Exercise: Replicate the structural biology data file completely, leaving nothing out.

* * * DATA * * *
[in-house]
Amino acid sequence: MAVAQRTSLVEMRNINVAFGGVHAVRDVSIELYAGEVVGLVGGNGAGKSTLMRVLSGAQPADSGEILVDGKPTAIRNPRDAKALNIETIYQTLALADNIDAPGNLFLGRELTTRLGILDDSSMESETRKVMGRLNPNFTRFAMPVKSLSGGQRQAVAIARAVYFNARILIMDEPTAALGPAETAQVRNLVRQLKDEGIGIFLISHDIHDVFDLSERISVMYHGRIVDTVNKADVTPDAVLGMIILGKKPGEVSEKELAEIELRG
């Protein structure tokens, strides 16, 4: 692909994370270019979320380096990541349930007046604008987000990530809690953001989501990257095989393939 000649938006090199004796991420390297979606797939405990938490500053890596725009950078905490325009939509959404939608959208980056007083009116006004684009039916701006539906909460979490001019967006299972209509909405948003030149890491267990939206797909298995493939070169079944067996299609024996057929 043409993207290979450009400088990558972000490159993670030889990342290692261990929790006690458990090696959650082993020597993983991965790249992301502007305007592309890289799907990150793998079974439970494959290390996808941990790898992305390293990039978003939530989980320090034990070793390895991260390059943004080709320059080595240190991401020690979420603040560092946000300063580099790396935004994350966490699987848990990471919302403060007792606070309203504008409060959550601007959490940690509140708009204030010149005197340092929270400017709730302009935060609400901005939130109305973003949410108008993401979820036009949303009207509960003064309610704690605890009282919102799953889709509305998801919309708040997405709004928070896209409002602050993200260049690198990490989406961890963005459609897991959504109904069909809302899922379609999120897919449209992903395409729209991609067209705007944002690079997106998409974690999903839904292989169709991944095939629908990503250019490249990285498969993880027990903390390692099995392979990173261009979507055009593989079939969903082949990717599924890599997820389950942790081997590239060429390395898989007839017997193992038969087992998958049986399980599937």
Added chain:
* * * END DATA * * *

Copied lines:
[in-house]
Amino acid sequence: MAVAQRTSLVEMRNINVAFGGVHAVRDVSIELYAGEVVGLVGGNGAGKSTLMRVLSGAQPADSGEILVDGKPTAIRNPRDAKALNIETIYQTLALADNIDAPGNLFLGRELTTRLGILDDSSMESETRKVMGRLNPNFTRFAMPVKSLSGGQRQAVAIARAVYFNARILIMDEPTAALGPAETAQVRNLVRQLKDEGIGIFLISHDIHDVFDLSERISVMYHGRIVDTVNKADVTPDAVLGMIILGKKPGEVSEKELAEIELRG
């Protein structure tokens, strides 16, 4: 692909994370270019979320380096990541349930007046604008987000990530809690953001989501990257095989393939 000649938006090199004796991420390297979606797939405990938490500053890596725009950078905490325009939509959404939608959208980056007083009116006004684009039916701006539906909460979490001019967006299972209509909405948003030149890491267990939206797909298995493939070169079944067996299609024996057929 043409993207290979450009400088990558972000490159993670030889990342290692261990929790006690458990090696959650082993020597993983991965790249992301502007305007592309890289799907990150793998079974439970494959290390996808941990790898992305390293990039978003939530989980320090034990070793390895991260390059943004080709320059080595240190991401020690979420603040560092946000300063580099790396935004994350966490699987848990990471919302403060007792606070309203504008409060959550601007959490940690509140708009204030010149005197340092929270400017709730302009935060609400901005939130109305973003949410108008993401979820036009949303009207509960003064309610704690605890009282919102799953889709509305998801919309708040997405709004928070896209409002602050993200260049690198990490989406961890963005459609897991959504109904069909809302899922379609999120897919449209992903395409729209991609067209705007944002690079997106998409974690999903839904292989169709991944095939629908990503250019490249990285498969993880027990903390390692099995392979990173261009979507055009593989079939969903082949990717599924890599997820389950942790081997590239060429390395898989007839017997193992038969087992998958049986399980599937």
Added chain: